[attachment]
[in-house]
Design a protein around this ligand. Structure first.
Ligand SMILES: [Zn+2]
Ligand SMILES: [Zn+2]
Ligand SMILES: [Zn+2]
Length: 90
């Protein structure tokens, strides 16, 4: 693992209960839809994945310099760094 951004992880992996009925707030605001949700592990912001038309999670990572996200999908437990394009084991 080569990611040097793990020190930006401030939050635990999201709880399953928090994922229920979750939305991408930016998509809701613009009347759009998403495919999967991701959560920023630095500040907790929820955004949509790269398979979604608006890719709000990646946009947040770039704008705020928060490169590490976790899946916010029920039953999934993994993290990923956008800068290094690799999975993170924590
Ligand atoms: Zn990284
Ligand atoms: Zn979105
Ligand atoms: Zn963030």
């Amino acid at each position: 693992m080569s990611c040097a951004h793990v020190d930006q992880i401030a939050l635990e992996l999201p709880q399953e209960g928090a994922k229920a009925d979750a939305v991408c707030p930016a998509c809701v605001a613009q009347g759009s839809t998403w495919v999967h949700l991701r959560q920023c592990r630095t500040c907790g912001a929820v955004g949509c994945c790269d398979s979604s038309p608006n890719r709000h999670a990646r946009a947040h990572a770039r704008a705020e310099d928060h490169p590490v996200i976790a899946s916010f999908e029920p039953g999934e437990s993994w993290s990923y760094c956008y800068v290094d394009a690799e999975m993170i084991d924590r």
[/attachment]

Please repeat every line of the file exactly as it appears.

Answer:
[in-house]
Design a protein around this ligand. Structure first.
Ligand SMILES: [Zn+2]
Ligand SMILES: [Zn+2]
Ligand SMILES: [Zn+2]
Length: 90
């Protein structure tokens, strides 16, 4: 693992209960839809994945310099760094 951004992880992996009925707030605001949700592990912001038309999670990572996200999908437990394009084991 080569990611040097793990020190930006401030939050635990999201709880399953928090994922229920979750939305991408930016998509809701613009009347759009998403495919999967991701959560920023630095500040907790929820955004949509790269398979979604608006890719709000990646946009947040770039704008705020928060490169590490976790899946916010029920039953999934993994993290990923956008800068290094690799999975993170924590
Ligand atoms: Zn990284
Ligand atoms: Zn979105
Ligand atoms: Zn963030």
């Amino acid at each position: 693992m080569s990611c040097a951004h793990v020190d930006q992880i401030a939050l635990e992996l999201p709880q399953e209960g928090a994922k229920a009925d979750a939305v991408c707030p930016a998509c809701v605001a613009q009347g759009s839809t998403w495919v999967h949700l991701r959560q920023c592990r630095t500040c907790g912001a929820v955004g949509c994945c790269d398979s979604s038309p608006n890719r709000h999670a990646r946009a947040h990572a770039r704008a705020e310099d928060h490169p590490v996200i976790a899946s916010f999908e029920p039953g999934e437990s993994w993290s990923y760094c956008y800068v290094d394009a690799e999975m993170i084991d924590r």